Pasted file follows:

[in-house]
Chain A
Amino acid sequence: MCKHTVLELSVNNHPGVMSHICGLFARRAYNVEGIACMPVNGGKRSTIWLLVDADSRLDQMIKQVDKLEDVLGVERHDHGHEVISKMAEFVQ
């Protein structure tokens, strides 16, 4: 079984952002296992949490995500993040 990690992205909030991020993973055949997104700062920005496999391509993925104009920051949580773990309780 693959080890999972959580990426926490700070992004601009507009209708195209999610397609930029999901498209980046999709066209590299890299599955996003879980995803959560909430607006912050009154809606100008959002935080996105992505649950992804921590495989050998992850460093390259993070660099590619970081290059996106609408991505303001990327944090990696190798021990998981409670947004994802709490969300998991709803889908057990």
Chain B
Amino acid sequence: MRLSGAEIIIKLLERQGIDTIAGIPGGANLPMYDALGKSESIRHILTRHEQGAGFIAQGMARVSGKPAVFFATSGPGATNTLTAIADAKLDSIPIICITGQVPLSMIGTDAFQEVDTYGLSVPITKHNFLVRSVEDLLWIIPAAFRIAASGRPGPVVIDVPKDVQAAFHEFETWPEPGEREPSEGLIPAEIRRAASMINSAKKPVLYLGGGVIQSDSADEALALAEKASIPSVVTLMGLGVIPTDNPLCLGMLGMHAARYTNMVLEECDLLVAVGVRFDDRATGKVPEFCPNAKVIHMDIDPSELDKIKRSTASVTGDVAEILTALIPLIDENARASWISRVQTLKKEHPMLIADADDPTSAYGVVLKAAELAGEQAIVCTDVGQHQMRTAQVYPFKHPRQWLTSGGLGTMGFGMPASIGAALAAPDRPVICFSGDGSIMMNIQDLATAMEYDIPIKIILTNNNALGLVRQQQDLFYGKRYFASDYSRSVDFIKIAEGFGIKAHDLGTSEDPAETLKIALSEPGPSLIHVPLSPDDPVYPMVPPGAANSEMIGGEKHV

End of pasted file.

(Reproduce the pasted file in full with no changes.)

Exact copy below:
[in-house]
Chain A
Amino acid sequence: MCKHTVLELSVNNHPGVMSHICGLFARRAYNVEGIACMPVNGGKRSTIWLLVDADSRLDQMIKQVDKLEDVLGVERHDHGHEVISKMAEFVQ
């Protein structure tokens, strides 16, 4: 079984952002296992949490995500993040 990690992205909030991020993973055949997104700062920005496999391509993925104009920051949580773990309780 693959080890999972959580990426926490700070992004601009507009209708195209999610397609930029999901498209980046999709066209590299890299599955996003879980995803959560909430607006912050009154809606100008959002935080996105992505649950992804921590495989050998992850460093390259993070660099590619970081290059996106609408991505303001990327944090990696190798021990998981409670947004994802709490969300998991709803889908057990």
Chain B
Amino acid sequence: MRLSGAEIIIKLLERQGIDTIAGIPGGANLPMYDALGKSESIRHILTRHEQGAGFIAQGMARVSGKPAVFFATSGPGATNTLTAIADAKLDSIPIICITGQVPLSMIGTDAFQEVDTYGLSVPITKHNFLVRSVEDLLWIIPAAFRIAASGRPGPVVIDVPKDVQAAFHEFETWPEPGEREPSEGLIPAEIRRAASMINSAKKPVLYLGGGVIQSDSADEALALAEKASIPSVVTLMGLGVIPTDNPLCLGMLGMHAARYTNMVLEECDLLVAVGVRFDDRATGKVPEFCPNAKVIHMDIDPSELDKIKRSTASVTGDVAEILTALIPLIDENARASWISRVQTLKKEHPMLIADADDPTSAYGVVLKAAELAGEQAIVCTDVGQHQMRTAQVYPFKHPRQWLTSGGLGTMGFGMPASIGAALAAPDRPVICFSGDGSIMMNIQDLATAMEYDIPIKIILTNNNALGLVRQQQDLFYGKRYFASDYSRSVDFIKIAEGFGIKAHDLGTSEDPAETLKIALSEPGPSLIHVPLSPDDPVYPMVPPGAANSEMIGGEKHV